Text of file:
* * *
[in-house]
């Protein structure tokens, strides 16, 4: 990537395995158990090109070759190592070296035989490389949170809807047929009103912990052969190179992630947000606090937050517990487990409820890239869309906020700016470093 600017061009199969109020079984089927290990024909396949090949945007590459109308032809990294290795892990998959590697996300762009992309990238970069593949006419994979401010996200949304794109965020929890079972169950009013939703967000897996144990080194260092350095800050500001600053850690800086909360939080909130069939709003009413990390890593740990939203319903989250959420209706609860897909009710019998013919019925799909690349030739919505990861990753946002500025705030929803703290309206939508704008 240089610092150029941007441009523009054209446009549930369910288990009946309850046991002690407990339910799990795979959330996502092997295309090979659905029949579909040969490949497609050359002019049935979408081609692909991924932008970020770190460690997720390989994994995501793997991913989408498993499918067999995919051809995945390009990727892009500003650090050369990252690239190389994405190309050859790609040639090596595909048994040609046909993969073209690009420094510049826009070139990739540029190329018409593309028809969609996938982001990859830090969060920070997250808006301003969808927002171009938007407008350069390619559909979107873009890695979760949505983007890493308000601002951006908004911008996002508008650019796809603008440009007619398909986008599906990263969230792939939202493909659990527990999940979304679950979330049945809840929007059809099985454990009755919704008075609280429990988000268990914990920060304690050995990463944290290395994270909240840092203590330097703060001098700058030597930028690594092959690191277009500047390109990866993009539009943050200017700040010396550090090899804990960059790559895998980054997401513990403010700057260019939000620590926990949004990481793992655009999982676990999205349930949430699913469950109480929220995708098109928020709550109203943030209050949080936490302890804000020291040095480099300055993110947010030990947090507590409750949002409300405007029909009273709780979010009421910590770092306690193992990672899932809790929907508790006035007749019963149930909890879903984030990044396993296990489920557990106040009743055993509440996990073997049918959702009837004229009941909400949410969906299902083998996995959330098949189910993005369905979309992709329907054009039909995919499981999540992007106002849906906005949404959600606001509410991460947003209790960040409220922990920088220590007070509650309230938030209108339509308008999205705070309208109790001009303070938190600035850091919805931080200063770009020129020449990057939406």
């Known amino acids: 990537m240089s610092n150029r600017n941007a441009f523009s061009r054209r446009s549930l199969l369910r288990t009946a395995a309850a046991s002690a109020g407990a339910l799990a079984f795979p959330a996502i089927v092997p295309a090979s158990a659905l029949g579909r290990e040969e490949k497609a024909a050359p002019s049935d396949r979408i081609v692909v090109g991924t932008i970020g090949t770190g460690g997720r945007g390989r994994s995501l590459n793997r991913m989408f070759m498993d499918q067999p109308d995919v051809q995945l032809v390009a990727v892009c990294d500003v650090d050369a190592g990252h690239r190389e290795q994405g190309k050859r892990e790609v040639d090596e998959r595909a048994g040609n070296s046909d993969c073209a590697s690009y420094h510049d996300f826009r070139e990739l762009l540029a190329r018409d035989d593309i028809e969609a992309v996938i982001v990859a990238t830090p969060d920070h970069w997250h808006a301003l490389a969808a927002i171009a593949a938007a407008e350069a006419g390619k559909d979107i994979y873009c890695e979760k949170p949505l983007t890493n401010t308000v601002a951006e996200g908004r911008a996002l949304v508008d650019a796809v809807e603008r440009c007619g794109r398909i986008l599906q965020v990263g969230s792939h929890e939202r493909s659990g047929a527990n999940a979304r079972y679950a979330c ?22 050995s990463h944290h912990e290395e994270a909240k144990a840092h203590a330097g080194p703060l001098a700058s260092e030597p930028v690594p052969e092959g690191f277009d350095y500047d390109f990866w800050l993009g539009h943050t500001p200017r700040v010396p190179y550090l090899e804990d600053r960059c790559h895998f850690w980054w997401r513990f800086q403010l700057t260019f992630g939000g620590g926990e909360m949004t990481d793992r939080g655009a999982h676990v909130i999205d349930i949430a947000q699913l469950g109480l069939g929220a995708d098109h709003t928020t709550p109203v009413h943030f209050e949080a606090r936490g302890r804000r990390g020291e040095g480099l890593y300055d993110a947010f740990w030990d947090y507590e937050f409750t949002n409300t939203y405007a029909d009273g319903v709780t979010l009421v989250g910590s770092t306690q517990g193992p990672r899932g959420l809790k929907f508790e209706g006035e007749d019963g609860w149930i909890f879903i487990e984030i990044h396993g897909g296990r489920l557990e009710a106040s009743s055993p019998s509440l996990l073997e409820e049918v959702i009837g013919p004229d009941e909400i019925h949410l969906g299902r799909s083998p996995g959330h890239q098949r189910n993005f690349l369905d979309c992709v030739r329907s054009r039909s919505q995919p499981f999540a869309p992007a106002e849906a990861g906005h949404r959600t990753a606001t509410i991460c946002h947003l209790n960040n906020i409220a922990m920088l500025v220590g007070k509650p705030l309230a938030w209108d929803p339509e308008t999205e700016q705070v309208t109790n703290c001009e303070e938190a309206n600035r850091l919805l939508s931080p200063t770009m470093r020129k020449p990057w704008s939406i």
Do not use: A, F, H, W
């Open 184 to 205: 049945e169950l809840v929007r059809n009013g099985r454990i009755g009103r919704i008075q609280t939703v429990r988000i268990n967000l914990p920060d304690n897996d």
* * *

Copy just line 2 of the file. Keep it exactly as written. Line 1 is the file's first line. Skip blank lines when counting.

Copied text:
């Protein structure tokens, strides 16, 4: 990537395995158990090109070759190592070296035989490389949170809807047929009103912990052969190179992630947000606090937050517990487990409820890239869309906020700016470093 600017061009199969109020079984089927290990024909396949090949945007590459109308032809990294290795892990998959590697996300762009992309990238970069593949006419994979401010996200949304794109965020929890079972169950009013939703967000897996144990080194260092350095800050500001600053850690800086909360939080909130069939709003009413990390890593740990939203319903989250959420209706609860897909009710019998013919019925799909690349030739919505990861990753946002500025705030929803703290309206939508704008 240089610092150029941007441009523009054209446009549930369910288990009946309850046991002690407990339910799990795979959330996502092997295309090979659905029949579909040969490949497609050359002019049935979408081609692909991924932008970020770190460690997720390989994994995501793997991913989408498993499918067999995919051809995945390009990727892009500003650090050369990252690239190389994405190309050859790609040639090596595909048994040609046909993969073209690009420094510049826009070139990739540029190329018409593309028809969609996938982001990859830090969060920070997250808006301003969808927002171009938007407008350069390619559909979107873009890695979760949505983007890493308000601002951006908004911008996002508008650019796809603008440009007619398909986008599906990263969230792939939202493909659990527990999940979304679950979330049945809840929007059809099985454990009755919704008075609280429990988000268990914990920060304690050995990463944290290395994270909240840092203590330097703060001098700058030597930028690594092959690191277009500047390109990866993009539009943050200017700040010396550090090899804990960059790559895998980054997401513990403010700057260019939000620590926990949004990481793992655009999982676990999205349930949430699913469950109480929220995708098109928020709550109203943030209050949080936490302890804000020291040095480099300055993110947010030990947090507590409750949002409300405007029909009273709780979010009421910590770092306690193992990672899932809790929907508790006035007749019963149930909890879903984030990044396993296990489920557990106040009743055993509440996990073997049918959702009837004229009941909400949410969906299902083998996995959330098949189910993005369905979309992709329907054009039909995919499981999540992007106002849906906005949404959600606001509410991460947003209790960040409220922990920088220590007070509650309230938030209108339509308008999205705070309208109790001009303070938190600035850091919805931080200063770009020129020449990057939406």